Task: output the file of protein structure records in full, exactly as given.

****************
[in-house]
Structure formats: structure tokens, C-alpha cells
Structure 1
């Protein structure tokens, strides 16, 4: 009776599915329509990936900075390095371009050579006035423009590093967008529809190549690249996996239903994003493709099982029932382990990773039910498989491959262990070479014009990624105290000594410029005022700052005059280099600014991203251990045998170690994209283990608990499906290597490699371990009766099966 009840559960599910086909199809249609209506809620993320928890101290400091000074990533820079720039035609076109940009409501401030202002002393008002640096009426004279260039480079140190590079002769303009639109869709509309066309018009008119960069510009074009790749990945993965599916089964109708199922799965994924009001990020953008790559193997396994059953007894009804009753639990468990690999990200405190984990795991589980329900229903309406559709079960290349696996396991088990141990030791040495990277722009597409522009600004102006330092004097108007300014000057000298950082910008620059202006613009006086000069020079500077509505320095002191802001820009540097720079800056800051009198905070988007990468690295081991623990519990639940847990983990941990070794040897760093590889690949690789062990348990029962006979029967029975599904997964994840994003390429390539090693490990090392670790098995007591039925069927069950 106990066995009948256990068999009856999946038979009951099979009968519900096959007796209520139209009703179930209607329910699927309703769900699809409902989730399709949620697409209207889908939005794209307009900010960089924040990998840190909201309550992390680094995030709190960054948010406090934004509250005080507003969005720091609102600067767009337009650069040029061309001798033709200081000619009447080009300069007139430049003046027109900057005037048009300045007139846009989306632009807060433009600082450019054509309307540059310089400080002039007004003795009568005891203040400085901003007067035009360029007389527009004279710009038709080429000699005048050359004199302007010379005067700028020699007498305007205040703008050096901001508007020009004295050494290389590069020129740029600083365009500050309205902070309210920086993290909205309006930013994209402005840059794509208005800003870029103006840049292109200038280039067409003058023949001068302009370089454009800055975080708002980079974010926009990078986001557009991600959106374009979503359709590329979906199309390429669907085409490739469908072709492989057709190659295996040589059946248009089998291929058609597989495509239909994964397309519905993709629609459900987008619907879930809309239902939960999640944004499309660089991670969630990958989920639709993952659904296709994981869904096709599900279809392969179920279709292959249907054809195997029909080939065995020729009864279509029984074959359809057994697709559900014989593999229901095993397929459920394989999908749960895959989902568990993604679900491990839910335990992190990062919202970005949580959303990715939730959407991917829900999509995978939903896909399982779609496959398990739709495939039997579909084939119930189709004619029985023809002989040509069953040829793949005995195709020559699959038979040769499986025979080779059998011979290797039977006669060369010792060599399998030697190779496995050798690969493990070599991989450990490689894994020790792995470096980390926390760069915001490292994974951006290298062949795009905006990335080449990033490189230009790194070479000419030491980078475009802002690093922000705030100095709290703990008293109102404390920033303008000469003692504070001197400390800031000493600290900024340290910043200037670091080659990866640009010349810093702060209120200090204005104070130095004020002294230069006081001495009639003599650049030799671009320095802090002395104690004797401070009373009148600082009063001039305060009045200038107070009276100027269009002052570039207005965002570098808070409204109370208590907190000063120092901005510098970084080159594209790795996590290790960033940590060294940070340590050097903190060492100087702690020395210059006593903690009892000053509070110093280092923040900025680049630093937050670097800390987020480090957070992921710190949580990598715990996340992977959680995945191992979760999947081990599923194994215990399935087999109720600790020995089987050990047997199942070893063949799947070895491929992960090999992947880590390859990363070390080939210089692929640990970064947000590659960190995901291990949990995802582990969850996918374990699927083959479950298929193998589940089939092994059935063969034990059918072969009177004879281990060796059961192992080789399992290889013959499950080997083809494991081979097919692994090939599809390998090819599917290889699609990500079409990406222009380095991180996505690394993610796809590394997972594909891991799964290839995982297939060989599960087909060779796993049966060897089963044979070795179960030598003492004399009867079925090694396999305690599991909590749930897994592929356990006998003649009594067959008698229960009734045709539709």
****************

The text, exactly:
[in-house]
Structure formats: structure tokens, C-alpha cells
Structure 1
């Protein structure tokens, strides 16, 4: 009776599915329509990936900075390095371009050579006035423009590093967008529809190549690249996996239903994003493709099982029932382990990773039910498989491959262990070479014009990624105290000594410029005022700052005059280099600014991203251990045998170690994209283990608990499906290597490699371990009766099966 009840559960599910086909199809249609209506809620993320928890101290400091000074990533820079720039035609076109940009409501401030202002002393008002640096009426004279260039480079140190590079002769303009639109869709509309066309018009008119960069510009074009790749990945993965599916089964109708199922799965994924009001990020953008790559193997396994059953007894009804009753639990468990690999990200405190984990795991589980329900229903309406559709079960290349696996396991088990141990030791040495990277722009597409522009600004102006330092004097108007300014000057000298950082910008620059202006613009006086000069020079500077509505320095002191802001820009540097720079800056800051009198905070988007990468690295081991623990519990639940847990983990941990070794040897760093590889690949690789062990348990029962006979029967029975599904997964994840994003390429390539090693490990090392670790098995007591039925069927069950 106990066995009948256990068999009856999946038979009951099979009968519900096959007796209520139209009703179930209607329910699927309703769900699809409902989730399709949620697409209207889908939005794209307009900010960089924040990998840190909201309550992390680094995030709190960054948010406090934004509250005080507003969005720091609102600067767009337009650069040029061309001798033709200081000619009447080009300069007139430049003046027109900057005037048009300045007139846009989306632009807060433009600082450019054509309307540059310089400080002039007004003795009568005891203040400085901003007067035009360029007389527009004279710009038709080429000699005048050359004199302007010379005067700028020699007498305007205040703008050096901001508007020009004295050494290389590069020129740029600083365009500050309205902070309210920086993290909205309006930013994209402005840059794509208005800003870029103006840049292109200038280039067409003058023949001068302009370089454009800055975080708002980079974010926009990078986001557009991600959106374009979503359709590329979906199309390429669907085409490739469908072709492989057709190659295996040589059946248009089998291929058609597989495509239909994964397309519905993709629609459900987008619907879930809309239902939960999640944004499309660089991670969630990958989920639709993952659904296709994981869904096709599900279809392969179920279709292959249907054809195997029909080939065995020729009864279509029984074959359809057994697709559900014989593999229901095993397929459920394989999908749960895959989902568990993604679900491990839910335990992190990062919202970005949580959303990715939730959407991917829900999509995978939903896909399982779609496959398990739709495939039997579909084939119930189709004619029985023809002989040509069953040829793949005995195709020559699959038979040769499986025979080779059998011979290797039977006669060369010792060599399998030697190779496995050798690969493990070599991989450990490689894994020790792995470096980390926390760069915001490292994974951006290298062949795009905006990335080449990033490189230009790194070479000419030491980078475009802002690093922000705030100095709290703990008293109102404390920033303008000469003692504070001197400390800031000493600290900024340290910043200037670091080659990866640009010349810093702060209120200090204005104070130095004020002294230069006081001495009639003599650049030799671009320095802090002395104690004797401070009373009148600082009063001039305060009045200038107070009276100027269009002052570039207005965002570098808070409204109370208590907190000063120092901005510098970084080159594209790795996590290790960033940590060294940070340590050097903190060492100087702690020395210059006593903690009892000053509070110093280092923040900025680049630093937050670097800390987020480090957070992921710190949580990598715990996340992977959680995945191992979760999947081990599923194994215990399935087999109720600790020995089987050990047997199942070893063949799947070895491929992960090999992947880590390859990363070390080939210089692929640990970064947000590659960190995901291990949990995802582990969850996918374990699927083959479950298929193998589940089939092994059935063969034990059918072969009177004879281990060796059961192992080789399992290889013959499950080997083809494991081979097919692994090939599809390998090819599917290889699609990500079409990406222009380095991180996505690394993610796809590394997972594909891991799964290839995982297939060989599960087909060779796993049966060897089963044979070795179960030598003492004399009867079925090694396999305690599991909590749930897994592929356990006998003649009594067959008698229960009734045709539709």